Discover and read the best of Twitter Threads about #preprint

Most recents (6)

The view expressed below is part of what holds science back.

If you are privileged to have access to a "few colleagues" or be one of those colleagues, then the status quo works well for you. #PrePrint articles make this more seamless, & more equitable/

The position of #PrePrint = not peer reviewed = rubbish, is also dated. We all know how hit and miss peer review can be. We also know how timely communication, with time stamping and dissemination, that is under the control of the authors (rather than a journal) is valuable.
For those of you who have not experienced peer review yet - we have a system in science where we ask our colleagues to review our publications. Our colleagues receive no money for this work (usually) and this is done all within confidential systems (managed by the journals).
Read 19 tweets
Got a new––and fairly critical––chapter on *#mindfulness-based interventions* coming soon in a book on mind–body health in schools.

For all ya'll who are interested ... here's the #PREPRINT! Hope this helps contribute to better research and practice.

psyarxiv.com/wc2pt/
To motivate folks to actually read this chapter, I'll share some "big points" buried in its pages.

Big point #1/n (pp. 4–5): There's a difference between *process* & *primary* outcomes for MBI, and evidence of both is needed to differentiate *purported* vs. *verified* MBI.
Big point #2/n (pp. 7–8): There's no scientific reason (yet) to prefer any one trade-marked MBI to any other in schools. This decision is likely based on pragmatics, not evidence.

(*Interpretive note: PMA = present moment awareness; RWA = responding with acceptance.)
Read 6 tweets
We address the segmentation and localization of complex and overlapping filamentous structures by analytically detecting multiple orientations across angular resolutions in my #preprint with the labs of Robert D. Goldman @NUFeinbergMed and Khuloud #Jaqaman @UTSWNews
@NUFeinbergMed @UTSWNews Many filament segmentation packages detect a single orientation per pixel, but this leads to an incomplete segmentation near true junctions or overlapping filaments.

For example, this example is using Jacob and Unser (2004)
ieeexplore.ieee.org/abstract/docum…
bigwww.epfl.ch/demo/ip/demos/…
The fix is that the algorithm needs to be able to detect multiple orientations. This depends on the angular, or orientation, resolution of the filter. This resolution is parameterized here by K.
Read 25 tweets
Exciting news! @LHCbExperiment is announcing the observation of CP violation in charm decays. indico.cern.ch/event/807176/ What does that mean? A somewhat long thread.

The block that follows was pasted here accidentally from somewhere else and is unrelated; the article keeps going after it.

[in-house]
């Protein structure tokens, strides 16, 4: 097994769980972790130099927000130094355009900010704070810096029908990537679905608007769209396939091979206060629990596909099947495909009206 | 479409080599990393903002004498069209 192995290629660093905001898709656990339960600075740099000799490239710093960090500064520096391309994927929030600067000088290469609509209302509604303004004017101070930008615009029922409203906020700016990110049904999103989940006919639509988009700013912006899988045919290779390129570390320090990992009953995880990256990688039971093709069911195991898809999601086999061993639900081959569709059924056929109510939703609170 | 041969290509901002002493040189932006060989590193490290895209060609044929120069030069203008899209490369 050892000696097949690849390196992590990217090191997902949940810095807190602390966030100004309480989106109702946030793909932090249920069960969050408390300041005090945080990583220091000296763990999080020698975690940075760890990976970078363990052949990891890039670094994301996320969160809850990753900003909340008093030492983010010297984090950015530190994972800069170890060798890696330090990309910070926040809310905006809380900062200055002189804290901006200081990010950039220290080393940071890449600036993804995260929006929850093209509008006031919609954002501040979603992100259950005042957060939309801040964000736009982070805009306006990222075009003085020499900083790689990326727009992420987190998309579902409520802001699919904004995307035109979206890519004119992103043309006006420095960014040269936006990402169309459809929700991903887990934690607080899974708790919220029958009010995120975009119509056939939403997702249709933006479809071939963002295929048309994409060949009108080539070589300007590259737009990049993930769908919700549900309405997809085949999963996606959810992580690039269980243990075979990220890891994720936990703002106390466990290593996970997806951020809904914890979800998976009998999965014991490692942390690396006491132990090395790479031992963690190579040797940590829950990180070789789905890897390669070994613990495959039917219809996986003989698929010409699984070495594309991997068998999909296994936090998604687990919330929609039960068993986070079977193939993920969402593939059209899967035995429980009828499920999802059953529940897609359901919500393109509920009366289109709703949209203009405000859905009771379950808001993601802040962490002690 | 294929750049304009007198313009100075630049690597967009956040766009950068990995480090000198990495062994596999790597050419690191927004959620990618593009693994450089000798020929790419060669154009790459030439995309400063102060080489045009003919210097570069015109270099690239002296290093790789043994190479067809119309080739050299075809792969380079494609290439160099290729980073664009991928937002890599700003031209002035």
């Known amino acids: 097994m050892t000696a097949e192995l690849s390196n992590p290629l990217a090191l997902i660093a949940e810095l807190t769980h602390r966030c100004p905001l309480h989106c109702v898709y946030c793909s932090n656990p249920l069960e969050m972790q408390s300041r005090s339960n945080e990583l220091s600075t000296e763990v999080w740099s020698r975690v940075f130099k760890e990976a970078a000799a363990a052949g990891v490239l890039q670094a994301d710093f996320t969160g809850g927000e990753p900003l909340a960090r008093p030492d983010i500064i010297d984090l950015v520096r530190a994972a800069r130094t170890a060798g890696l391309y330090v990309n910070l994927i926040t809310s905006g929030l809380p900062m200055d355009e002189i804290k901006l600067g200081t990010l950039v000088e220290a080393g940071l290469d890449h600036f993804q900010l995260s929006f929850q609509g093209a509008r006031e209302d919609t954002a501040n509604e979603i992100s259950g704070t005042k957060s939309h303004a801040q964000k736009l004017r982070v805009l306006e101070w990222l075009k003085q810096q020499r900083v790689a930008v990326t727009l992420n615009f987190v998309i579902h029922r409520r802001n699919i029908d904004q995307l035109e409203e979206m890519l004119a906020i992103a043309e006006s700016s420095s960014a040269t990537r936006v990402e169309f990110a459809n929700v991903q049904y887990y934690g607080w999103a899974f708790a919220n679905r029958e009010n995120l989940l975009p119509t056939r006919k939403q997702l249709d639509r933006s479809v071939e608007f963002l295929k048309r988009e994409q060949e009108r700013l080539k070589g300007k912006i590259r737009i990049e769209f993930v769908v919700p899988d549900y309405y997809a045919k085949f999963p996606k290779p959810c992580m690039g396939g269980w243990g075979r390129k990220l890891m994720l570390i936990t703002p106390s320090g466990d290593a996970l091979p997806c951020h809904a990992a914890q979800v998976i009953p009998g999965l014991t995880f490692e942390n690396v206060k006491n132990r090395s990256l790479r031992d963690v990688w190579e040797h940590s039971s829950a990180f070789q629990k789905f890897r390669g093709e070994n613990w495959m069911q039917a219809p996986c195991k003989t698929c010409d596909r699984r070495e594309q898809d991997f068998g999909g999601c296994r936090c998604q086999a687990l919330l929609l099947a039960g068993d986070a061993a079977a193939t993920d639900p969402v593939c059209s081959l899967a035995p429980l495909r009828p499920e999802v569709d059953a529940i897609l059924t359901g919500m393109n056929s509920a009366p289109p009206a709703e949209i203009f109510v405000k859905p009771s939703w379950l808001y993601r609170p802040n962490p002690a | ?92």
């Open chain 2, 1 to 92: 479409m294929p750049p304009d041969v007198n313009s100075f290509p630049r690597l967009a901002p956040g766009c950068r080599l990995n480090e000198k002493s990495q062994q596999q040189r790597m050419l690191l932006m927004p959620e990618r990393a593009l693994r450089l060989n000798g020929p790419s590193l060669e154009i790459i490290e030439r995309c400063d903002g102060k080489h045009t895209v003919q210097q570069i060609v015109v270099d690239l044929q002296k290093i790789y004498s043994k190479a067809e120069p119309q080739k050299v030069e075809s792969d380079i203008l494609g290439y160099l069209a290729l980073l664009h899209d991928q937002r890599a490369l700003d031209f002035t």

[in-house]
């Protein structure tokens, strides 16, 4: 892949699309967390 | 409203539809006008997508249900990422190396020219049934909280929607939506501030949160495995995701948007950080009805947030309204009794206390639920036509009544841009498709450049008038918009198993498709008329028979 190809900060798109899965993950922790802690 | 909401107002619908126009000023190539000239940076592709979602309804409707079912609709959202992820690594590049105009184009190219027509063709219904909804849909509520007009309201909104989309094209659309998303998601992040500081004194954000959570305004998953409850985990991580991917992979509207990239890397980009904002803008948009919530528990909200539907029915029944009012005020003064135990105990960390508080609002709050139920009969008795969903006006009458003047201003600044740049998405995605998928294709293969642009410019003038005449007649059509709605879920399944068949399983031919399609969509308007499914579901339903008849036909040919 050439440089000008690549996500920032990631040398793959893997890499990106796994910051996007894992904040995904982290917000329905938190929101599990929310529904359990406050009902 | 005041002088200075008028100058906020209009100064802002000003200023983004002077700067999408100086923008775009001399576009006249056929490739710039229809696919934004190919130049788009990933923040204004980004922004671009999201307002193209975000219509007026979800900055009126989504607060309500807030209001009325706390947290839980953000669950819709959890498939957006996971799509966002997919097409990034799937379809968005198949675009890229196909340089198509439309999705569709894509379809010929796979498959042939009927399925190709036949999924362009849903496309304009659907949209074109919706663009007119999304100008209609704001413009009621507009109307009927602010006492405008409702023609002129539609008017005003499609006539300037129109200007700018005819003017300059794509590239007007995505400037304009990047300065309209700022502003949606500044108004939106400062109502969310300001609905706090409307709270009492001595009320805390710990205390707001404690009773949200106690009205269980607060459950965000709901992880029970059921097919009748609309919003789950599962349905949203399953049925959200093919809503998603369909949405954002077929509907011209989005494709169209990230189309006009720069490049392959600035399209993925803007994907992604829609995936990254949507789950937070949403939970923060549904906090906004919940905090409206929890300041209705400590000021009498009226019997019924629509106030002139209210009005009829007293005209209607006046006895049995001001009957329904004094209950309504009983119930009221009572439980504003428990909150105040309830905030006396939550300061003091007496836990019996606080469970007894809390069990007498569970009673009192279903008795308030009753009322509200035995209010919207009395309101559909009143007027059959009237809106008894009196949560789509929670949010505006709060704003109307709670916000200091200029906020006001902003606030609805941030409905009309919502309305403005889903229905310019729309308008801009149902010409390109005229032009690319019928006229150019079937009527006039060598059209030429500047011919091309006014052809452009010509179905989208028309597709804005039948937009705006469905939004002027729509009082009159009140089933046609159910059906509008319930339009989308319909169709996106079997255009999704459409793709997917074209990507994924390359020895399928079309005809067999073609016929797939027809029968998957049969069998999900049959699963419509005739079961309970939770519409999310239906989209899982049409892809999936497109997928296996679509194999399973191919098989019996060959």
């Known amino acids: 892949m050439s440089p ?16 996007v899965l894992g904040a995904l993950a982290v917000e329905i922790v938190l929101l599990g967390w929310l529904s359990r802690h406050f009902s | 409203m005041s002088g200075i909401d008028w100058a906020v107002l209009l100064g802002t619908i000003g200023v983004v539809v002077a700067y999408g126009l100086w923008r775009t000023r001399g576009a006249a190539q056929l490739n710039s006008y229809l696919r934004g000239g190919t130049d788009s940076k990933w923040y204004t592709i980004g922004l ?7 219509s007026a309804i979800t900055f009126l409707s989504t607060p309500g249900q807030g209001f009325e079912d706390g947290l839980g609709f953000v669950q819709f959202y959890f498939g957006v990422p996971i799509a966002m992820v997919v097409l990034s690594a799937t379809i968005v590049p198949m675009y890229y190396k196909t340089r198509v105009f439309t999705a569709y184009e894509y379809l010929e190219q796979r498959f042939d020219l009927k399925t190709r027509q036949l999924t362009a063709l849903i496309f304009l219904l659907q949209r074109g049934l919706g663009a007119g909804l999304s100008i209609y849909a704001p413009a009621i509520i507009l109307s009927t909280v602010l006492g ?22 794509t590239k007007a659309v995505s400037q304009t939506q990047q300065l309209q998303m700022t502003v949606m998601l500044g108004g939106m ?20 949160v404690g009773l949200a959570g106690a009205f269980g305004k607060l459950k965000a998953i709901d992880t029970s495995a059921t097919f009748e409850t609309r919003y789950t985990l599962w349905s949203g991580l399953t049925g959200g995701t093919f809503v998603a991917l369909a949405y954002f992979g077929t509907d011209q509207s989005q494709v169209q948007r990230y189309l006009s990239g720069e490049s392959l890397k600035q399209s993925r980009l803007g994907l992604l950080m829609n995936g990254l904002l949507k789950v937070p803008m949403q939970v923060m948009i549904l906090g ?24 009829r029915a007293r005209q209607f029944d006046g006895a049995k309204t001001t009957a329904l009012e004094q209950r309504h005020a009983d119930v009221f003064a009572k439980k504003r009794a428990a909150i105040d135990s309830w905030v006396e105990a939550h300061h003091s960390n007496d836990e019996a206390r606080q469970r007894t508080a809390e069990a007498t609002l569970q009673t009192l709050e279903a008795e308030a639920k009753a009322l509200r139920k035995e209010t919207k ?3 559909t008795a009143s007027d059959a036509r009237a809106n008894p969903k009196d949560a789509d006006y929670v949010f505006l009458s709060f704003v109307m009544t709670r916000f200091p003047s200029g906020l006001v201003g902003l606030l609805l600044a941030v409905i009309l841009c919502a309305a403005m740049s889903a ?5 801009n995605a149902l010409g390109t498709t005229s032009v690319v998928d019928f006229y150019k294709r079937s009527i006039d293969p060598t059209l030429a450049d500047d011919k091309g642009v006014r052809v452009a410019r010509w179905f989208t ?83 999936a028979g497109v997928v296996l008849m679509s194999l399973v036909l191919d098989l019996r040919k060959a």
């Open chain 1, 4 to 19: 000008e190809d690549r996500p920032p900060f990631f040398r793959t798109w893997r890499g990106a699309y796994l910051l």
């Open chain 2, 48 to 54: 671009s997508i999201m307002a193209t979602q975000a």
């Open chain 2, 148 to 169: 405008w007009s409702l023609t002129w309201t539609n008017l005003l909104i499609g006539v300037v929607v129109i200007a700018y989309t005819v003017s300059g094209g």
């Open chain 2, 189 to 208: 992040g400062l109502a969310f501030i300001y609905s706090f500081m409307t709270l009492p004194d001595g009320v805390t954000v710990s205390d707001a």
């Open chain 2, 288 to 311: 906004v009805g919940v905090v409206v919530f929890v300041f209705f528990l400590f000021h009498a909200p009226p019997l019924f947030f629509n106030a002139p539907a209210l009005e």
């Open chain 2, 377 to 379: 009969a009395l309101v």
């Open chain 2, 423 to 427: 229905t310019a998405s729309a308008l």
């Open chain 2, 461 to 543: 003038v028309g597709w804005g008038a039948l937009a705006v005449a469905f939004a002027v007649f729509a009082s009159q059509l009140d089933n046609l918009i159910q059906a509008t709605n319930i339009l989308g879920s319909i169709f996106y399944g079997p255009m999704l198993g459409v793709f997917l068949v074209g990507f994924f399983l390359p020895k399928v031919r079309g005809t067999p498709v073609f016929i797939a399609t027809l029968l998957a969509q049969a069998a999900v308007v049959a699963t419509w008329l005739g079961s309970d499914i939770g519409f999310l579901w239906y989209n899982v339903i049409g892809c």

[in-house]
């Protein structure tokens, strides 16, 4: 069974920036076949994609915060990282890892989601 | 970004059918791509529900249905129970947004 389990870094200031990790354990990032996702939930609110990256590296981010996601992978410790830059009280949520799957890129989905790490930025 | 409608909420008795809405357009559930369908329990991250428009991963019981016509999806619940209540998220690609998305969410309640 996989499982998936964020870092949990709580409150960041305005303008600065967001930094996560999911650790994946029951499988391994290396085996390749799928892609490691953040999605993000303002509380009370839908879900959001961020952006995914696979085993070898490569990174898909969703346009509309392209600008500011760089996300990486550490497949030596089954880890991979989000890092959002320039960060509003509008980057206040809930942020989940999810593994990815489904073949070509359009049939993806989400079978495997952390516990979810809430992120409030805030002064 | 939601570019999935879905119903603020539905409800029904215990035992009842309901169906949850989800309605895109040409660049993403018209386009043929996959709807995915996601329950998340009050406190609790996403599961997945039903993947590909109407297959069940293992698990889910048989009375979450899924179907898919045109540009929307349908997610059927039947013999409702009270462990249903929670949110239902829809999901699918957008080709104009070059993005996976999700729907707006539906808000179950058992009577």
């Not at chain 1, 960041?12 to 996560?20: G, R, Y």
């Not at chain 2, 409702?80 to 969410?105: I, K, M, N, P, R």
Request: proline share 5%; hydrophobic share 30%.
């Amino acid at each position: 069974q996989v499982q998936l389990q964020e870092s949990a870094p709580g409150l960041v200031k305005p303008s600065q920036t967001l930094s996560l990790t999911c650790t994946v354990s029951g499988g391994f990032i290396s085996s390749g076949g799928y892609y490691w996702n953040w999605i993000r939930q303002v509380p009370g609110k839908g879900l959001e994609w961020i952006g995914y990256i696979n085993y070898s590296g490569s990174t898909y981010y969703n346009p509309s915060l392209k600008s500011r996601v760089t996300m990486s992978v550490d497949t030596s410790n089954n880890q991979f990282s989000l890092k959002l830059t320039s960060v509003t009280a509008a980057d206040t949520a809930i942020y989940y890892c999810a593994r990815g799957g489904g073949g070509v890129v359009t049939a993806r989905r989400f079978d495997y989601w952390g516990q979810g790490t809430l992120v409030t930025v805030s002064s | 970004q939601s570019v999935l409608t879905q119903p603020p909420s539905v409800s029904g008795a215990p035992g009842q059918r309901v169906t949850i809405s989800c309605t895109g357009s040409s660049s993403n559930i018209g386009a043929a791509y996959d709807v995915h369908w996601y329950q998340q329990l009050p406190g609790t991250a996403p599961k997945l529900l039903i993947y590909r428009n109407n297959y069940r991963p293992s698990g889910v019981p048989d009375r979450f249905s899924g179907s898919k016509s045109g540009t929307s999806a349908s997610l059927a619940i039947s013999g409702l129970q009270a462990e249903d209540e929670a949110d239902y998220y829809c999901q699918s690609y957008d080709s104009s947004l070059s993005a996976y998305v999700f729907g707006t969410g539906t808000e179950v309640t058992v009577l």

The laws of physics that affect us (gravity and electrodynamics) are left-right symmetric. One of the pictures below is mirror reversed. Physics doesn't let you tell which. (Social constructs may help: numbers, letters, watches, is the man left-handed?...)
Until 1956 that had not been tested for the weak nuclear interaction, responsible for radioactive decays. Lee and Yang proposed an experiment, that Wu (known as "Madame Wu") conducted.
Read 23 tweets
New #preprint: we use range of psychological theory / data to develop a model to explain the spread of moralized content online via: motivation, attention and the design of social media (the MAD model). w/ @jayvanbavel @mollycrockett | psyarxiv.com/pz9g6 | summary below 1/6
We start by reviewing data suggesting that expressions of moral values and emotion spread rapidly during political discourse online. We examine how morality and emotion can spread online through social appraisal processes 2/6
What facilitates this ‘moral contagion’ online? We start with the *motivations*: from Social Identity Theory, we argue that moral-emotion expressions help uphold ingroup image. From partner choice theory, we argue that moral-emotion expressions can enhance our reputation. 3/6
Read 6 tweets
Learn more about our new study, “Computational noise in reward-guided learning drives behavioral variability in volatile environments” (goo.gl/BtNAXR), with @FindlingCharles, @vasilisa_skv and @StePalminteri! #tweetstorm #preprint 1/16
When tracking the value of actions in volatile environments, humans make seemingly irrational decisions which fail to maximize expected value. Existing theories attribute these ‘non-greedy’ decisions to information seeking – a.k.a., the exploration-exploitation trade-off. 2/16
Based on my recent work with Jan Drugowitsch on the origin of behavioral variability in probabilistic reasoning (goo.gl/hqtUf3), @StePalminteri and I reasoned that non-greedy decisions may be caused by computational noise in the learning of action values. 3/16
Read 16 tweets

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